Court Rejects NSA Bid to Hold Phone Data Longer

The ruling is a rare defeat for the spy agency.

National Journal
Brendan Sasso
Add to Briefcase
Brendan Sasso
March 7, 2014, 11:16 a.m.

A fed­er­al sur­veil­lance court has re­jec­ted the Obama ad­min­is­tra­tion’s bid to hold onto mil­lions of phone re­cords bey­ond the cur­rent five-year lim­it.

The rul­ing is a rare re­buke for the gov­ern­ment from the se­cret­ive For­eign In­tel­li­gence Sur­veil­lance Court. The court has re­jec­ted less than 1 per­cent of gov­ern­ment spy­ing re­quests over the past 30 years.

But Judge Reg­gie Walton said he found the Justice De­part­ment’s ar­gu­ment for ex­tend­ing the re­ten­tion of phone re­cords “simply un­per­suas­ive.”

Gov­ern­ment law­yers had ar­gued that they needed to re­tain the data as evid­ence for the slew of pri­vacy law­suits filed in the wake of Ed­ward Snowden’s leaks about Na­tion­al Se­cur­ity Agency sur­veil­lance. The Amer­ic­an Civil Liber­ties Uni­on, the Elec­tron­ic Fron­ti­er Found­a­tion, and oth­er groups are su­ing to shut the pro­gram down, claim­ing it vi­ol­ates the con­sti­tu­tion­al rights of mil­lions of Amer­ic­ans.

In a fil­ing with the court last month, the Justice De­part­ment said the gov­ern­ment has a “duty to pre­serve” the phone re­cords that over­rides oth­er ob­lig­a­tions. The gov­ern­ment said it would pre­serve the data in a format that would pre­vent NSA ana­lysts from ac­cess­ing it.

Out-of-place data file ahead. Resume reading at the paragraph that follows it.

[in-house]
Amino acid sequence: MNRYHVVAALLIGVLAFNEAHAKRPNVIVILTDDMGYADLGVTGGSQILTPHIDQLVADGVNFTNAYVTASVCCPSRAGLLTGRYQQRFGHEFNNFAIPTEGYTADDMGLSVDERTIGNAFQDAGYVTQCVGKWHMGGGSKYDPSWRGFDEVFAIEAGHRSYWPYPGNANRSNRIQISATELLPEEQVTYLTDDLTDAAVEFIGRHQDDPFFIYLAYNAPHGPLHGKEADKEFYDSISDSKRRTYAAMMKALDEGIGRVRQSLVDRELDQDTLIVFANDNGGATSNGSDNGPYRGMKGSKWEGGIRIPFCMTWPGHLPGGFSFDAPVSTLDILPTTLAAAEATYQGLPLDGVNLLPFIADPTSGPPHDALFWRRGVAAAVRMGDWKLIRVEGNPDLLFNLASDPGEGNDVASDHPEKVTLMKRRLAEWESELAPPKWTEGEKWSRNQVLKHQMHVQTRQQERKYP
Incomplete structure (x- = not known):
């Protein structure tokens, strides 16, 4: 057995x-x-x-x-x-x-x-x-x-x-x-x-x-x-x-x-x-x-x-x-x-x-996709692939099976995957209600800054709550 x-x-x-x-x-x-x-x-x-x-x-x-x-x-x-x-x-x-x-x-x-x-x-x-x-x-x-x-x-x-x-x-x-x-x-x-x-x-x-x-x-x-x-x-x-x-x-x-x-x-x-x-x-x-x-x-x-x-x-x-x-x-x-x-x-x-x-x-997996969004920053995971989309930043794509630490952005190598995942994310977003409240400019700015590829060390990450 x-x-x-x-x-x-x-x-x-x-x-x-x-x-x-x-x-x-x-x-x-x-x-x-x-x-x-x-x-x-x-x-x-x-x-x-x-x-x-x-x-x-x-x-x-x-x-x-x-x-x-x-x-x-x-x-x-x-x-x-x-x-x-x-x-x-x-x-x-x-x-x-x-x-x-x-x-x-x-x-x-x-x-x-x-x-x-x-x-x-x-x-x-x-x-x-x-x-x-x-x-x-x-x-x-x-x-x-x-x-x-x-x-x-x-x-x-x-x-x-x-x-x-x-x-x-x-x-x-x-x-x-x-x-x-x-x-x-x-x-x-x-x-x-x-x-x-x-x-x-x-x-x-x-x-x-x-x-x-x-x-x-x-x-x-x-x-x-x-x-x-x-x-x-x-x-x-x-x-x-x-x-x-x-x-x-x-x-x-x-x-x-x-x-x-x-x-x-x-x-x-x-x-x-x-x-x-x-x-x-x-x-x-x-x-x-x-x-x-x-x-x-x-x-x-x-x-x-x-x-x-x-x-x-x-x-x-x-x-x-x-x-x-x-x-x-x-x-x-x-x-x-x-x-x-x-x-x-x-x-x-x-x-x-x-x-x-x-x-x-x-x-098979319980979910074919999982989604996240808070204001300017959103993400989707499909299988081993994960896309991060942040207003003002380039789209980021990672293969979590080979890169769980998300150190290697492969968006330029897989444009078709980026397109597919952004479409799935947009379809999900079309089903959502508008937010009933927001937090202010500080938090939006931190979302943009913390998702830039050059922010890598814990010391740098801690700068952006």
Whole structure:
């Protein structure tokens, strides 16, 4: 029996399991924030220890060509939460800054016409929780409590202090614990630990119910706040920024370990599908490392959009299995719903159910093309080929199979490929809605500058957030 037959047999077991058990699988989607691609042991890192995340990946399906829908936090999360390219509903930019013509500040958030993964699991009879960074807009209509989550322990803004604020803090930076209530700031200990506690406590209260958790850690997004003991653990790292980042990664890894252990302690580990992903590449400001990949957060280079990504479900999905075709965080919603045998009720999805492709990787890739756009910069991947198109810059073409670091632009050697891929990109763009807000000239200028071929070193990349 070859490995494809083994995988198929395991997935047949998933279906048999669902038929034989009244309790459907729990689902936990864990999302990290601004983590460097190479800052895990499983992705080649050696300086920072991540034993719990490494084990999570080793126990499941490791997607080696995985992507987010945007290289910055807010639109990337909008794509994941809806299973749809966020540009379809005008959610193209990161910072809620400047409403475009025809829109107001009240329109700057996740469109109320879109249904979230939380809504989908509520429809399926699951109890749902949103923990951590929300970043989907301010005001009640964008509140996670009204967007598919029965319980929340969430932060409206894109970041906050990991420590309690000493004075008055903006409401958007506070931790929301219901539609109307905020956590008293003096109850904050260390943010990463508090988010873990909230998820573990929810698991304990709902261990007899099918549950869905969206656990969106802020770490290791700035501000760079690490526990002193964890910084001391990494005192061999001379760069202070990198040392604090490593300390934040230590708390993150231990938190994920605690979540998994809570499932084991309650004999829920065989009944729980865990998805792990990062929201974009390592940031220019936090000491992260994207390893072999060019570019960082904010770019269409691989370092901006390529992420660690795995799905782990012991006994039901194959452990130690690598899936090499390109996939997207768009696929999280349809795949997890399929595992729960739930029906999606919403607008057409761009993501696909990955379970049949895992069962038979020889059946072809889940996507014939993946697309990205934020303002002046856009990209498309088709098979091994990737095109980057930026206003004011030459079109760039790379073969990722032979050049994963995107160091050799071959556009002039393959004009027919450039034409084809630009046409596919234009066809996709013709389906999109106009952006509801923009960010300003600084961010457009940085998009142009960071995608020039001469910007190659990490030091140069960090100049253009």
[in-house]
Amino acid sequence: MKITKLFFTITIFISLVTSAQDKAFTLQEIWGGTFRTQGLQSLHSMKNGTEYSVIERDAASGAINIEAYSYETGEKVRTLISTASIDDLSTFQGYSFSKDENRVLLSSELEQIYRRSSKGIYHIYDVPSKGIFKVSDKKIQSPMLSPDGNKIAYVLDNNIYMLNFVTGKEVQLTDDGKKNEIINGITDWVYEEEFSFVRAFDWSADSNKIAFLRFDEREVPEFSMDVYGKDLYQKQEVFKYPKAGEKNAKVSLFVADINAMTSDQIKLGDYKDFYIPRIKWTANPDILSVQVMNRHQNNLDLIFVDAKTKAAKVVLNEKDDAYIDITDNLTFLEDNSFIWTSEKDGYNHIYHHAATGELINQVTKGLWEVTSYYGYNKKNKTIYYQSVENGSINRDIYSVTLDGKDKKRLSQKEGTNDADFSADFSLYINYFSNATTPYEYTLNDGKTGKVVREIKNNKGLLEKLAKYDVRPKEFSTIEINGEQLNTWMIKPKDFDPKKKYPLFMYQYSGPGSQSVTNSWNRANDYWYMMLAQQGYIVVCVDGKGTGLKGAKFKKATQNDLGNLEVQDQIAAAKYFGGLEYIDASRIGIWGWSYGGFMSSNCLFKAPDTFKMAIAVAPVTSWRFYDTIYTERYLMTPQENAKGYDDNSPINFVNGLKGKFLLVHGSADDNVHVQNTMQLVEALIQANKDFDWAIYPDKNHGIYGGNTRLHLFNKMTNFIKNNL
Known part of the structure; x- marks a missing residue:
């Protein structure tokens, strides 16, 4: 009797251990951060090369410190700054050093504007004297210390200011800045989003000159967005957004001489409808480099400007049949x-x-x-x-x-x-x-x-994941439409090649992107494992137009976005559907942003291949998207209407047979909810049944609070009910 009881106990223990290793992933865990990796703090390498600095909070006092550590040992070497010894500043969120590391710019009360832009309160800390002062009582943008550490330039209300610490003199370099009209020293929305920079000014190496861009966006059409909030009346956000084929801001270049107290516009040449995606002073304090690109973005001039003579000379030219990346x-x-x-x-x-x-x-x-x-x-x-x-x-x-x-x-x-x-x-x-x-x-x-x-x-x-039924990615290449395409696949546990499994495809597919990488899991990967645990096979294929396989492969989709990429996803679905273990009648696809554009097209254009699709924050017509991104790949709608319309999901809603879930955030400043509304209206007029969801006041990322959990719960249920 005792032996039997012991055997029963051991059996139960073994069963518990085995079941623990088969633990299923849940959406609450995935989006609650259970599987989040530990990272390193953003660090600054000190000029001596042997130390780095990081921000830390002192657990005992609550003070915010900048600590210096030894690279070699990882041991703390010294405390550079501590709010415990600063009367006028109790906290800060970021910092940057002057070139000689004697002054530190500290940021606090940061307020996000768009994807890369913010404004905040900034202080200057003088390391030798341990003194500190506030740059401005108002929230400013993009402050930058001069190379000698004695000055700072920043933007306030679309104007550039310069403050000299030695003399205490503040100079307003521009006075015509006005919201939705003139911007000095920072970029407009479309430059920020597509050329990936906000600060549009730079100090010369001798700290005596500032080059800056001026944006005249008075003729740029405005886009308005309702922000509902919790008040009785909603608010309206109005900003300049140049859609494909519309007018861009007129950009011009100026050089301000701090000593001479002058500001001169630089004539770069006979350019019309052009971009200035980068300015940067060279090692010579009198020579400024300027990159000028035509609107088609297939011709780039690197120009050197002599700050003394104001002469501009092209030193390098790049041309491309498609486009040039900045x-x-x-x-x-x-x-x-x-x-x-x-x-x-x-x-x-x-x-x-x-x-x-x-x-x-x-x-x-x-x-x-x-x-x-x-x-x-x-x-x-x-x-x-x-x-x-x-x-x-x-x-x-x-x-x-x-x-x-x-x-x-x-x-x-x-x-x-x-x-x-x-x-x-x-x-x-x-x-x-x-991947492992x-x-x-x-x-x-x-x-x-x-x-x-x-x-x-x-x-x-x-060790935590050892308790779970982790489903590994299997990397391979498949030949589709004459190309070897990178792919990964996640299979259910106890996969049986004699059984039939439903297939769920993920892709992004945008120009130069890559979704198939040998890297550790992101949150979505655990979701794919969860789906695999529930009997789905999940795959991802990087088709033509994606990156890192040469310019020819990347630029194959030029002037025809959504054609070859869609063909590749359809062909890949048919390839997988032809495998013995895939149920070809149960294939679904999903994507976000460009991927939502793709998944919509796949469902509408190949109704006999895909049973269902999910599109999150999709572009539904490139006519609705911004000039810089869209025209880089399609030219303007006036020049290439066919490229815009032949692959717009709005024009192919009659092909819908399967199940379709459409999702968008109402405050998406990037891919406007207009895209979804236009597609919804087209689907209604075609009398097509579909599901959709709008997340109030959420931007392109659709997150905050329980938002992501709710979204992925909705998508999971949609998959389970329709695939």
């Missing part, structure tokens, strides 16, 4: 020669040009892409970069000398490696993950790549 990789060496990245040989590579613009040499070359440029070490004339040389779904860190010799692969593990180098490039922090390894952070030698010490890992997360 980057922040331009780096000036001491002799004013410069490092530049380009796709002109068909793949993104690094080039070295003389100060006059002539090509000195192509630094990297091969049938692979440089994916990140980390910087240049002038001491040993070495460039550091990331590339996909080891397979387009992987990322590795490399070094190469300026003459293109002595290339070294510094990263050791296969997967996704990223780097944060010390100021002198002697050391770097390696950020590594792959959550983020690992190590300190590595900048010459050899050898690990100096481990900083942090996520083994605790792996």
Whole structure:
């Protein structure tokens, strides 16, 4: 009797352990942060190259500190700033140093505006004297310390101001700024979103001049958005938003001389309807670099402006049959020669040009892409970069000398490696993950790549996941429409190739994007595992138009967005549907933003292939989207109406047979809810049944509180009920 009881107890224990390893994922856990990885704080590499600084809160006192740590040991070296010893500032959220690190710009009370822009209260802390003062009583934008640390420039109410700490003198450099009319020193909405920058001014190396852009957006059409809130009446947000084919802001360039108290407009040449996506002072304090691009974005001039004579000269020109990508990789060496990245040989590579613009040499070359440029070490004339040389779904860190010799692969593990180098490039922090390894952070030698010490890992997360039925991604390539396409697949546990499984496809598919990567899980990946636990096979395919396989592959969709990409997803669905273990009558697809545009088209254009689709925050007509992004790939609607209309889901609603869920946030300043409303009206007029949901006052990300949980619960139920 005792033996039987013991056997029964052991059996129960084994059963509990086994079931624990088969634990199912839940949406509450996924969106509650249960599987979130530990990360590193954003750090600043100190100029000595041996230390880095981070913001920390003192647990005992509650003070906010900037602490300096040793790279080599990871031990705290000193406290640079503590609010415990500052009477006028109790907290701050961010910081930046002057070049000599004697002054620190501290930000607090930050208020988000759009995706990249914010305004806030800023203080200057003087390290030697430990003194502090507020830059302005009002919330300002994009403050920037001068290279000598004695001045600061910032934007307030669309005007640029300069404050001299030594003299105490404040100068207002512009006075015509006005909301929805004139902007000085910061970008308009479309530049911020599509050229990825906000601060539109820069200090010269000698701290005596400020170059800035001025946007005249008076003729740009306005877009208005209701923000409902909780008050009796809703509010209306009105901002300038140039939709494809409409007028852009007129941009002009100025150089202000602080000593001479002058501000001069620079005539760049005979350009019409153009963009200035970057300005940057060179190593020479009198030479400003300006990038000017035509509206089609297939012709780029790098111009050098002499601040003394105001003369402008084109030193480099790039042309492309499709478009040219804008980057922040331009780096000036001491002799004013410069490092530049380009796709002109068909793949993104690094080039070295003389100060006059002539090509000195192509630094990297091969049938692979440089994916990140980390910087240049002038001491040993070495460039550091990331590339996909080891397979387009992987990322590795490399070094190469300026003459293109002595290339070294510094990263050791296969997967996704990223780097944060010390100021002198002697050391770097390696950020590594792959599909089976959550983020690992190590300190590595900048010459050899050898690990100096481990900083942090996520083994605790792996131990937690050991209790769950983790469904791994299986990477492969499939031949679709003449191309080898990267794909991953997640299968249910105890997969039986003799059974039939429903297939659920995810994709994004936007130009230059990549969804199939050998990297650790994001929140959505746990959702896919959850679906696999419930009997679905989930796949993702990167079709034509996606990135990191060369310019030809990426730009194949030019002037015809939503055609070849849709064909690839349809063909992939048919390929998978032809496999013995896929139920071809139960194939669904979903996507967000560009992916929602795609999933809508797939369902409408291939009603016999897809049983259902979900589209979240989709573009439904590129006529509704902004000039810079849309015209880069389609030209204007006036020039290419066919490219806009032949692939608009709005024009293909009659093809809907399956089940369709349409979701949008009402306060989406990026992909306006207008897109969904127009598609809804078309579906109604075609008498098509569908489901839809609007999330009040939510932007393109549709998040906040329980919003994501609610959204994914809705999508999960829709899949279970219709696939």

“The United States must en­sure that all po­ten­tially rel­ev­ant evid­ence is re­tained,” the Justice De­part­ment wrote in its fil­ing.

But the fed­er­al judge noted that none of the pri­vacy groups have tried to force the NSA to hold onto the data for their law­suits. He wrote that the groups are seek­ing “the de­struc­tion of the [tele­phone] metadata, not its re­ten­tion.”

Walton con­cluded that there is no leg­al re­quire­ment for the NSA to re­tain the data, and that any mo­tiv­a­tion for re­tain­ing the re­cords is out­weighed by the pri­vacy harm. 

“The amended pro­ced­ures would fur­ther in­fringe on the pri­vacy in­terests of United States per­sons whose tele­phone re­cords were ac­quired in vast num­bers and re­tained by the gov­ern­ment to aid in na­tion­al se­cur­ity in­vest­ig­a­tions,” he wrote. 

The data in­cludes phone num­bers, call times, and call dur­a­tions for mil­lions of U.S. phone calls — but not the con­tents of any com­mu­nic­a­tions.  

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